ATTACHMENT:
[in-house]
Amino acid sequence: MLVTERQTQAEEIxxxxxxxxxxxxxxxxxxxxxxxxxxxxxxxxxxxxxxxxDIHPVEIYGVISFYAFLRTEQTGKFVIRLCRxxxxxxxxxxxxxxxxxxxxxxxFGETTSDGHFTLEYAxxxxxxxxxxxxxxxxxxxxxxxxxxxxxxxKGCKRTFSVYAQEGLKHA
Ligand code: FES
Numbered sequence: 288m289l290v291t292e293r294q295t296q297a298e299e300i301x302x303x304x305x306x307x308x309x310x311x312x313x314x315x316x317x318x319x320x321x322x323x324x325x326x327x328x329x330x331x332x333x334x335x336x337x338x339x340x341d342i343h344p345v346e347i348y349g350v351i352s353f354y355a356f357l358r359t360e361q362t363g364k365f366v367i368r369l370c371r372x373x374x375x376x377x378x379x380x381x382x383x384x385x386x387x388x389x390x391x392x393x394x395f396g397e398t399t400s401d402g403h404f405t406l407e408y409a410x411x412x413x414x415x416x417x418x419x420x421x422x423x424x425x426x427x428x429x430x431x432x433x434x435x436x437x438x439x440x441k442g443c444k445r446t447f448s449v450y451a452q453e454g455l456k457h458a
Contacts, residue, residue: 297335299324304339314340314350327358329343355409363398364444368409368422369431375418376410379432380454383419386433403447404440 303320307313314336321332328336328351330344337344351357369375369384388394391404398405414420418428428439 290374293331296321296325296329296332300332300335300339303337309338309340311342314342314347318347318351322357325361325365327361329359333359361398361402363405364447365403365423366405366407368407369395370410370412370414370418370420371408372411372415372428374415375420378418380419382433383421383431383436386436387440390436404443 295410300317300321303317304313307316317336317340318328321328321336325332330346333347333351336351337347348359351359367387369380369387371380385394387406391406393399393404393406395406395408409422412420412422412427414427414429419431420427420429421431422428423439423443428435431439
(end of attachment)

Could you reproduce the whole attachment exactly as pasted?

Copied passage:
[in-house]
Amino acid sequence: MLVTERQTQAEEIxxxxxxxxxxxxxxxxxxxxxxxxxxxxxxxxxxxxxxxxDIHPVEIYGVISFYAFLRTEQTGKFVIRLCRxxxxxxxxxxxxxxxxxxxxxxxFGETTSDGHFTLEYAxxxxxxxxxxxxxxxxxxxxxxxxxxxxxxxKGCKRTFSVYAQEGLKHA
Ligand code: FES
Numbered sequence: 288m289l290v291t292e293r294q295t296q297a298e299e300i301x302x303x304x305x306x307x308x309x310x311x312x313x314x315x316x317x318x319x320x321x322x323x324x325x326x327x328x329x330x331x332x333x334x335x336x337x338x339x340x341d342i343h344p345v346e347i348y349g350v351i352s353f354y355a356f357l358r359t360e361q362t363g364k365f366v367i368r369l370c371r372x373x374x375x376x377x378x379x380x381x382x383x384x385x386x387x388x389x390x391x392x393x394x395f396g397e398t399t400s401d402g403h404f405t406l407e408y409a410x411x412x413x414x415x416x417x418x419x420x421x422x423x424x425x426x427x428x429x430x431x432x433x434x435x436x437x438x439x440x441k442g443c444k445r446t447f448s449v450y451a452q453e454g455l456k457h458a
Contacts, residue, residue: 297335299324304339314340314350327358329343355409363398364444368409368422369431375418376410379432380454383419386433403447404440 303320307313314336321332328336328351330344337344351357369375369384388394391404398405414420418428428439 290374293331296321296325296329296332300332300335300339303337309338309340311342314342314347318347318351322357325361325365327361329359333359361398361402363405364447365403365423366405366407368407369395370410370412370414370418370420371408372411372415372428374415375420378418380419382433383421383431383436386436387440390436404443 295410300317300321303317304313307316317336317340318328321328321336325332330346333347333351336351337347348359351359367387369380369387371380385394387406391406393399393404393406395406395408409422412420412422412427414427414429419431420427420429421431422428423439423443428435431439